Ice Song

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  • Format: Trade Paper
  • Copyright: 2009-05-19
  • Publisher: Del Rey
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There are secrets beneath her skin. Sorykah Minuit is a scholar, an engineer, and the sole woman aboard an ice-drilling submarine in the frozen land of the Sigue. What no one knows is that she is also a Trader: one who can switch genders suddenly, a rare corporeal deviance universally met with fascination and superstition and all too often punished by harassment or death. Sorykah's infant twins, Leander and Ayeda, have inherited their mother's Trader genes. When a wealthy, reclusive madman known as the Collector abducts the babies to use in his dreadful experiments, Sorykah and her male alter-ego, Soryk, must cross icy wastes and a primeval forest to get them back. Complicating the dangerous journey is the fact that Sorykah and Soryk do not share memories: Each disorienting transformation is like awakening with a jolt from a deep and dreamless sleep. The world through which the alternating lives of Sorykah and Soryk travel is both familiar and surreal. Environmental degradation and genetic mutation run amok; humans have been distorted into animals and animal bodies cloak a wild humanity. But it is also a world of unexpected beauty and wonder, where kindness and love endure amid the ruins. Alluring, intense, and gorgeously rendered, Ice Song is a remarkable debut by a fiercely original new writer. From the Trade Paperback edition.

Author Biography

KIRSTEN IMANI KASAI, a native Coloradoan, has lived in places as diverse as Newark, New Jersey; East Hampton, New York; Bradford and Penzance, England (sadly devoid of singing pirates); and a windowless cubby beneath the stairs in a San Francisco flat crowded with ten roommates, four iguanas, three cats, two German exchange students, and a bald illegal Irishwoman, none of whom possessed a front door key. Before having children, she moved to a new city every six months, indulging her taste for novelty. She currently resides in southern California with her husband and two children.


Chapter One  

Song of the Sigue  

They touched the sigue coast at dusk, just as the ice was cracking. Standing on the slippery top deck as the massive ice- drilling submarine churned toward shore, Sorykah Minuit inhaled, taking the cold ocean air deep into her lungs. It felt so good to be outside after weeks below sea, working cheek by jowl with sixty filthy, sweat- stained miners and their collective, tactile reek. The air sang down her throat and pierced her lungs, but she welcomed the discomfort. It helped to clear her head of melancholy and milk- fog. For a moment it seemed that the cold would solidify around her and crack apart her carefully wrought shell, releasing her from the prison of her secrecy–but it did not.

 The helmsman sounded the docking horn. A long, low peal vibrated the metal deck beneath her feet. Frigid brine sluiced over theNimbus’s hull as it rose, its imposing bulk breasting the waves like the body of a sleek black orca. Afternoon light the color of apricots glistened atop the water; heat splayed against an icy sky. Soon, the color would fade and night emerge, liquid indigo turning the snow to charcoal. Southern sunsets lingered for hours. Siguelanders said the sun bled to death each night; this dazzling show repeated the story of Sun’s grisly murder by his lover Moon, who stabbed him while he slept, jealous of his affection for a mortal woman.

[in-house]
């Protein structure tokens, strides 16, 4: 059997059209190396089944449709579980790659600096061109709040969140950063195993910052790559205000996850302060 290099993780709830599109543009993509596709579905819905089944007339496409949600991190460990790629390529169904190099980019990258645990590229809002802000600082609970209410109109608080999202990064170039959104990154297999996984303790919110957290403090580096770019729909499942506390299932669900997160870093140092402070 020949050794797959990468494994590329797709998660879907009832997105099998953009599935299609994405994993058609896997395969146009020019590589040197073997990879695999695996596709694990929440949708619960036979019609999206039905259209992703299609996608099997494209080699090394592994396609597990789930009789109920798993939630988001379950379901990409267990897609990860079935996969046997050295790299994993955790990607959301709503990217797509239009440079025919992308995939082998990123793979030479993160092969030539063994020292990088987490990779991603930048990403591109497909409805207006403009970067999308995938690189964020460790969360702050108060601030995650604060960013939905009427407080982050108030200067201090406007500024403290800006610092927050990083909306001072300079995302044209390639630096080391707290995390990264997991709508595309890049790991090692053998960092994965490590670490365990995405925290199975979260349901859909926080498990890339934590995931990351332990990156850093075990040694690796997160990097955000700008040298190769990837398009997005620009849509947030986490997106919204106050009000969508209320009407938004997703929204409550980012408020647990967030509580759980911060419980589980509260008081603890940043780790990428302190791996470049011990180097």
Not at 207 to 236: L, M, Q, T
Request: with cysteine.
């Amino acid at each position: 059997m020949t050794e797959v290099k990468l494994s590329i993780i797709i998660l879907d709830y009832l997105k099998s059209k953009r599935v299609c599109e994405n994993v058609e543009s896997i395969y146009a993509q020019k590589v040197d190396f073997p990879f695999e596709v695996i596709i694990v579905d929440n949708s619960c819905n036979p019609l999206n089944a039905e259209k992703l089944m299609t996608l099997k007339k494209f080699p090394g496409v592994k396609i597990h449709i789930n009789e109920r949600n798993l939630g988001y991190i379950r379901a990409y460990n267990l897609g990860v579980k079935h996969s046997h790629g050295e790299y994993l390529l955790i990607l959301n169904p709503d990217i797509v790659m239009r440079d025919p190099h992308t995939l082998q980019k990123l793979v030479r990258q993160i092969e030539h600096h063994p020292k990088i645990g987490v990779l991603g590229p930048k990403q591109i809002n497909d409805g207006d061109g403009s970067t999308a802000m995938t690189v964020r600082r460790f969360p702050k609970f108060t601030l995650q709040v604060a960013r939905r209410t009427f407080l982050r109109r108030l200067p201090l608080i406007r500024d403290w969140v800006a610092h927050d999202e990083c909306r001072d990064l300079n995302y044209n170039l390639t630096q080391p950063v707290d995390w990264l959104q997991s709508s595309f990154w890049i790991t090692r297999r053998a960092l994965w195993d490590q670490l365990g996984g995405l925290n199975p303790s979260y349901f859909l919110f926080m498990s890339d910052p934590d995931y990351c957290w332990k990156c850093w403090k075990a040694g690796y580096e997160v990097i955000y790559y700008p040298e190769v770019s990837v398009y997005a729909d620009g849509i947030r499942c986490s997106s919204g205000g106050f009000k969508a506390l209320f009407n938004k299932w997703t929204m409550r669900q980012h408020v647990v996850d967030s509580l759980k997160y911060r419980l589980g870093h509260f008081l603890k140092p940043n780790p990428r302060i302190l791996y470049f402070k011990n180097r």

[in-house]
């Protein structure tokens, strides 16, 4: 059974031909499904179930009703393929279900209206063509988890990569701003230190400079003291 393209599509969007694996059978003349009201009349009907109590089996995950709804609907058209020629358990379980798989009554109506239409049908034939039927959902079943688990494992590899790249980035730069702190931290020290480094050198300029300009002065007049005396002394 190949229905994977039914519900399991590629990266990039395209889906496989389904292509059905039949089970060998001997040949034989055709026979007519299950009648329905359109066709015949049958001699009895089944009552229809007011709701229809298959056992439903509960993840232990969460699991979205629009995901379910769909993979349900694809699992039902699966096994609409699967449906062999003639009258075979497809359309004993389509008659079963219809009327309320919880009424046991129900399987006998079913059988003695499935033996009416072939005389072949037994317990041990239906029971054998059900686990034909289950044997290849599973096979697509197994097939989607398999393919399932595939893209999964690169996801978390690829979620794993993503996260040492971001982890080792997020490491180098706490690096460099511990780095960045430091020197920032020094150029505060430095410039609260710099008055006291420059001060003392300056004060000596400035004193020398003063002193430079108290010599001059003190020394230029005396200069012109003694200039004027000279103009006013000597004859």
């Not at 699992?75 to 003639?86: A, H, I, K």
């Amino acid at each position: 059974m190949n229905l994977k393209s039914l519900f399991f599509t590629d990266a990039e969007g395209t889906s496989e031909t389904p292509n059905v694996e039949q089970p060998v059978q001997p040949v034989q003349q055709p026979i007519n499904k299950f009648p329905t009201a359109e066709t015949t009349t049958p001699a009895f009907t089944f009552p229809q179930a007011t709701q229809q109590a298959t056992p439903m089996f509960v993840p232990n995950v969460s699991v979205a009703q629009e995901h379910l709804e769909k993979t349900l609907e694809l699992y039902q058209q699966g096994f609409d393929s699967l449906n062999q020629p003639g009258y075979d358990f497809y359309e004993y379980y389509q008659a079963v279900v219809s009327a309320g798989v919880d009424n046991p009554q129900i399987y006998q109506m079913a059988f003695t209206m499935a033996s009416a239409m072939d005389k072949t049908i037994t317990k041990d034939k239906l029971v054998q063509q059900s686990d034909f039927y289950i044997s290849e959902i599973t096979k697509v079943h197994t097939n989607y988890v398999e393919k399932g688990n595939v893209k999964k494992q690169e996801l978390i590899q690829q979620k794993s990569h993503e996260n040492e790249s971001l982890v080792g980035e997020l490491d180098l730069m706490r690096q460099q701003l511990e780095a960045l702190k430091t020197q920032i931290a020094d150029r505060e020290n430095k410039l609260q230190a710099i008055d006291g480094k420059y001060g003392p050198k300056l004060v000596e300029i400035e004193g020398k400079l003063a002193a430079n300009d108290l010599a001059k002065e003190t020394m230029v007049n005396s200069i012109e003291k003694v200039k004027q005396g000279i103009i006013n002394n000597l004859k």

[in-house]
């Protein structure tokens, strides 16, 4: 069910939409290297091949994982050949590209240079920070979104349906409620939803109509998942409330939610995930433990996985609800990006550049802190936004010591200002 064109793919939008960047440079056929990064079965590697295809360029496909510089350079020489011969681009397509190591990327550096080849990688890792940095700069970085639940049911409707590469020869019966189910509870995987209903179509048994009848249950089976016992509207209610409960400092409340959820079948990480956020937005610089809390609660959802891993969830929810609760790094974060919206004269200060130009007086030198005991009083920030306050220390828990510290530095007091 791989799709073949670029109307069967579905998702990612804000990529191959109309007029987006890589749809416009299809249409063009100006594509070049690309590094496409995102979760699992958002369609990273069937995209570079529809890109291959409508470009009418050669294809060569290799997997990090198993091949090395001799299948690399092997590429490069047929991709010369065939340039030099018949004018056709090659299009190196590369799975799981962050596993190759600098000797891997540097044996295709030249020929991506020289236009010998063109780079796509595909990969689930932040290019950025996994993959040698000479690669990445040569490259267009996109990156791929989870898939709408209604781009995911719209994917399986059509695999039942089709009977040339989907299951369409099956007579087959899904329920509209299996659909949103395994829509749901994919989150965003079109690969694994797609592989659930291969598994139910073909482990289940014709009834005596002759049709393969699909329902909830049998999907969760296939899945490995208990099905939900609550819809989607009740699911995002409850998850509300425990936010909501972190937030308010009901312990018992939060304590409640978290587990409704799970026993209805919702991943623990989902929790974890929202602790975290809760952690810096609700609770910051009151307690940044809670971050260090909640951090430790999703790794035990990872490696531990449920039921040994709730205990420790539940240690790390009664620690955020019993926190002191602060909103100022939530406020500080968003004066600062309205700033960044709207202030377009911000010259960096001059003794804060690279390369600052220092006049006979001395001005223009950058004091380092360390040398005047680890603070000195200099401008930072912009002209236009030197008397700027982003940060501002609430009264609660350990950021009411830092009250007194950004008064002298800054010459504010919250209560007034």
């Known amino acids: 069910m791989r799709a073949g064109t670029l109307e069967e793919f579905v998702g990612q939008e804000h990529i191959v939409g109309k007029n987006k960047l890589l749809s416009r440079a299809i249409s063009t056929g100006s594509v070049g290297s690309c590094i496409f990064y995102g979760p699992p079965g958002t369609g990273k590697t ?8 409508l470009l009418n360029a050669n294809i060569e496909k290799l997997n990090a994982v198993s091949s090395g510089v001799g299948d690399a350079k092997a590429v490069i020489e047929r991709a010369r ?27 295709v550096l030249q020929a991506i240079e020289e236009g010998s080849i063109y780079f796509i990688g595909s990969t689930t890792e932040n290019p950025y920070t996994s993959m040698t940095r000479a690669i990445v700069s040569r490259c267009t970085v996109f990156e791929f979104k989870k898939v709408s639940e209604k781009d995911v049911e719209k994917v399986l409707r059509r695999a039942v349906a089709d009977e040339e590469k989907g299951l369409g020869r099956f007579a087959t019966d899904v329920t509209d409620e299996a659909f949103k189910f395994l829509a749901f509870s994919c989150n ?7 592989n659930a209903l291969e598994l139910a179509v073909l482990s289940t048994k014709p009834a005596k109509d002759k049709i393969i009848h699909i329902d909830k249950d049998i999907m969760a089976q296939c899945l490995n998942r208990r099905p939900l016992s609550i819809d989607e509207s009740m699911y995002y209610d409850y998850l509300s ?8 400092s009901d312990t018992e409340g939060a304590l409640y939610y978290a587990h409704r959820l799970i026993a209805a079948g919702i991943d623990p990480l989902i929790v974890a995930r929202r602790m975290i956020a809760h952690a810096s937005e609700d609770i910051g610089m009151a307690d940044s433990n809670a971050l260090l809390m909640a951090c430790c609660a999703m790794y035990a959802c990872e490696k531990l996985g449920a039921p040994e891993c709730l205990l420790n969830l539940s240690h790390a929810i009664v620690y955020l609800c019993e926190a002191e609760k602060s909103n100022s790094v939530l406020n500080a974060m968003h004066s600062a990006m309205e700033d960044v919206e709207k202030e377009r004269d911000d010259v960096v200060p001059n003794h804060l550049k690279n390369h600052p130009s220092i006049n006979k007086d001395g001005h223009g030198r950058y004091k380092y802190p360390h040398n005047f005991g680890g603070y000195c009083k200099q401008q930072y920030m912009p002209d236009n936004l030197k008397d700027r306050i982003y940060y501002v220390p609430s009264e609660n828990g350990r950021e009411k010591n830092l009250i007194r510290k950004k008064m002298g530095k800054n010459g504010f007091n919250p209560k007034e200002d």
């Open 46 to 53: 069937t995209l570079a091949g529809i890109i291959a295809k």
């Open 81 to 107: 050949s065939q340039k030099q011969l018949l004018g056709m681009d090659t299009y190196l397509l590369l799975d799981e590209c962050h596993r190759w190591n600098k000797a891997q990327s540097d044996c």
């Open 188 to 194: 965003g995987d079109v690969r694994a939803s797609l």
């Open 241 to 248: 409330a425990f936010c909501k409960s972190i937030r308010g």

The noise of the ocean penned in by the icy harbor was terrific. Ice groaned, squeaked, and bellowed. Water droplets froze in midair and fell toward the wooden pier, bouncing upon its snowy crust like scattered, shining stones. Nearer the surface, one long sheet of ice groaned deep within its white skin, a sound like a woman birthing, or so it seemed to Sorykah, still sentimental from the memory of her own children’s birth but a lunar skein behind. The Sigue was the Land of Ice Song, a surreal pole formed from ice that sang, juddered, and moaned. Ice plates ground against one another with subarctic cricket legs, keening shards and frosts that played the most primitive and abstract melodies yet had shaped the culture of this tiny nation. Musicians and singers attempted to capture the eerie, haunting songs but could not repeat the melancholic strains. Sound technicians embedded microphones deep within the ice plates in an effort to record the music, chart the notes, pitch, and timing of the songs, but the recordings replayed a mishmash of disconnected sounds, discordant and chaotic. The melody was lost in translation and the mocking ice refused capture by human whim. Hearing it now– angry, plaintive, sorrowful–Sorykah remembered why she had volunteered for this frigid, outlandish post, for the Sigue song replicated her own bitter tune. Perhaps the ice could sing to drive out the ghosts within her, banish the image of that deceitful Trader as he climbed from her bed, the smug, careless grin he’d offered as he wiped himself clean and slid into his trousers. 

Sorykah licked the salt from her lips as she watched the harbormaster signal from the dock, his bright orange flags lost among the colorful clouds. She would live on the Sigue for the next two years, drilling the ice to extract iridescent tubes of microbe- rich frozen seawater. Northern processing stations would melt, distill, and bottle the fossil water for sale in nightclubs and restaurants, to be guzzled by sensation- seeking holidaymakers. The Company claimed that fossil water was the first nonaddictive substance to create recreational altered states. Touted as a panacea, the burgeoning fossil water trade rapidly had be

Excerpted from Ice Song by Kirsten Imani Kasai
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